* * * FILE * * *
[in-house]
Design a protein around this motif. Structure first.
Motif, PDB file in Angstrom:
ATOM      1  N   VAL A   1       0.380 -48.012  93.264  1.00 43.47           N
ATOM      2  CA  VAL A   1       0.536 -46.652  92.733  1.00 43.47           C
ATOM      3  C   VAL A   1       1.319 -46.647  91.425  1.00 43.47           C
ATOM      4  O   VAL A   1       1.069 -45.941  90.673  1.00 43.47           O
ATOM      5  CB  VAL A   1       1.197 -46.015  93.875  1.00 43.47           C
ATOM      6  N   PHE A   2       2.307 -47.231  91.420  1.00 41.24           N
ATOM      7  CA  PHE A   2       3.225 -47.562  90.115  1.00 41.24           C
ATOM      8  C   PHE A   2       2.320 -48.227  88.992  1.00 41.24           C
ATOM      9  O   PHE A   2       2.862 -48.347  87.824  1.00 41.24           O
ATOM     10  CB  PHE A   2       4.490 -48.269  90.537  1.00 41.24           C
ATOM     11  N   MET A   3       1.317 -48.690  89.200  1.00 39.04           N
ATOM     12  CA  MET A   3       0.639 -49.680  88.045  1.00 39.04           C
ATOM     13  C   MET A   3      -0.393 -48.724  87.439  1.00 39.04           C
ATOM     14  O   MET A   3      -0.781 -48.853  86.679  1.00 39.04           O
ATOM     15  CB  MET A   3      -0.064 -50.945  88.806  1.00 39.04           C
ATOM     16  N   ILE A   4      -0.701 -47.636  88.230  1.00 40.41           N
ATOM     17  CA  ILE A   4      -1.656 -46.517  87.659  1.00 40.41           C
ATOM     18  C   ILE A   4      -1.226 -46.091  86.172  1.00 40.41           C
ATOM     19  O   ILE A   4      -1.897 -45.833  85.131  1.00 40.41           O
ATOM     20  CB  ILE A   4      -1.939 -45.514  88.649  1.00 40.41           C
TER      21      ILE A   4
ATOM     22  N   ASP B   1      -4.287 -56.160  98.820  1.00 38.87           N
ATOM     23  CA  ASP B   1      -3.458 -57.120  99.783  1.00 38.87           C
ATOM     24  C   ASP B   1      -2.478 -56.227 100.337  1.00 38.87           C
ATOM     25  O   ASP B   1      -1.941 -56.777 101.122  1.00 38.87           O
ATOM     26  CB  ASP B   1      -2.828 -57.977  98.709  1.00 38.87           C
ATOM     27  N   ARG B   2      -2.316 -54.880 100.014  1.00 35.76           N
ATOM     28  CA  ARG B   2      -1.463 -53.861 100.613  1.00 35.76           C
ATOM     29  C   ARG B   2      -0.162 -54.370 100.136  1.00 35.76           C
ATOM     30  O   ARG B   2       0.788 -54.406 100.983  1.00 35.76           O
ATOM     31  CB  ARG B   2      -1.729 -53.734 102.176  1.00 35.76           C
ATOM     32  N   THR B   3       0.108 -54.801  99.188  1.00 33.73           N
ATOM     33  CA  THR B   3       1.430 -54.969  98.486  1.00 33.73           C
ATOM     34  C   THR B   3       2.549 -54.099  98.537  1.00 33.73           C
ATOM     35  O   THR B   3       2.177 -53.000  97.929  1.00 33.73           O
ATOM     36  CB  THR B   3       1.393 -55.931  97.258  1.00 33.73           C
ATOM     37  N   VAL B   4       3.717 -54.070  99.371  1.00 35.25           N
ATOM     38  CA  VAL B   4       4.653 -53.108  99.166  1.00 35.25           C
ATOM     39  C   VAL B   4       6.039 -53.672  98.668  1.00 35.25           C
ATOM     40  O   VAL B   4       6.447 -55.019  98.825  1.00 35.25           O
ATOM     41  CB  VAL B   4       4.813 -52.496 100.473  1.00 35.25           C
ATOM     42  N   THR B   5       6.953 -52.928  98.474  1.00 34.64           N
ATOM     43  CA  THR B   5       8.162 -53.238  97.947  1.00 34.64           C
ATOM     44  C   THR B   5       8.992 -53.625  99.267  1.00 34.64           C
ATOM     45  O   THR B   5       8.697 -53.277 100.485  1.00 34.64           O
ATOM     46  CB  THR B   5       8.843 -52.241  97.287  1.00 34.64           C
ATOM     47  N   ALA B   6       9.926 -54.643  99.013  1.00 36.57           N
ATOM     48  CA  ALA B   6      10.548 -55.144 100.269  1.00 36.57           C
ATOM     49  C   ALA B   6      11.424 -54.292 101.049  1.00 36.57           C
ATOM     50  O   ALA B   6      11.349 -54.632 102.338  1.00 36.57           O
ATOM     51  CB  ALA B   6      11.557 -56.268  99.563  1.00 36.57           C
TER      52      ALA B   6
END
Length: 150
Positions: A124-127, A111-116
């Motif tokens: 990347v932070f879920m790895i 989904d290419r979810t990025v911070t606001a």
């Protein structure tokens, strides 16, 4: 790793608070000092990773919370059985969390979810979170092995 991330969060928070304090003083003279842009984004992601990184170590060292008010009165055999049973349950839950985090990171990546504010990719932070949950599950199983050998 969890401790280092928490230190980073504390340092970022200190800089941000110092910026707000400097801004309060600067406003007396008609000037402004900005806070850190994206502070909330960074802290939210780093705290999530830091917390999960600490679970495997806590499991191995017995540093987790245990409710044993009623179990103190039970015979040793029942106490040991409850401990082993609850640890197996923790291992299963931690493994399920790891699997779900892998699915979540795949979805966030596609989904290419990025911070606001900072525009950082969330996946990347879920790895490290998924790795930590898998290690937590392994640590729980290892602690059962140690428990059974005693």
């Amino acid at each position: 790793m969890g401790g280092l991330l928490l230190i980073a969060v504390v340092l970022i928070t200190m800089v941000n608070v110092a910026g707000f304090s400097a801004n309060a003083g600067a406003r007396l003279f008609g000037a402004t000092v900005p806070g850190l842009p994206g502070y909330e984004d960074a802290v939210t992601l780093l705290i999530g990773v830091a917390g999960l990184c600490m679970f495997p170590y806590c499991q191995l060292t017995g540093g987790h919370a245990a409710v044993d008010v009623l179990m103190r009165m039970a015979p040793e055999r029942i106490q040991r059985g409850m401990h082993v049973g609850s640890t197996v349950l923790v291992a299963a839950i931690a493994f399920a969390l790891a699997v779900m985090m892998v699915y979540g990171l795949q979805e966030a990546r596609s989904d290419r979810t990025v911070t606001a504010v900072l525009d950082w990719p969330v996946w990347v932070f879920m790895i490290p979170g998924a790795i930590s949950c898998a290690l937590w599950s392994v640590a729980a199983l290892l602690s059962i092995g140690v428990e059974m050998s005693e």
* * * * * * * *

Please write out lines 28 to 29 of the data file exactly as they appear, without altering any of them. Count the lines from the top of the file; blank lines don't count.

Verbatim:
ATOM     25  O   ASP B   1      -1.941 -56.777 101.122  1.00 38.87           O
ATOM     26  CB  ASP B   1      -2.828 -57.977  98.709  1.00 38.87           C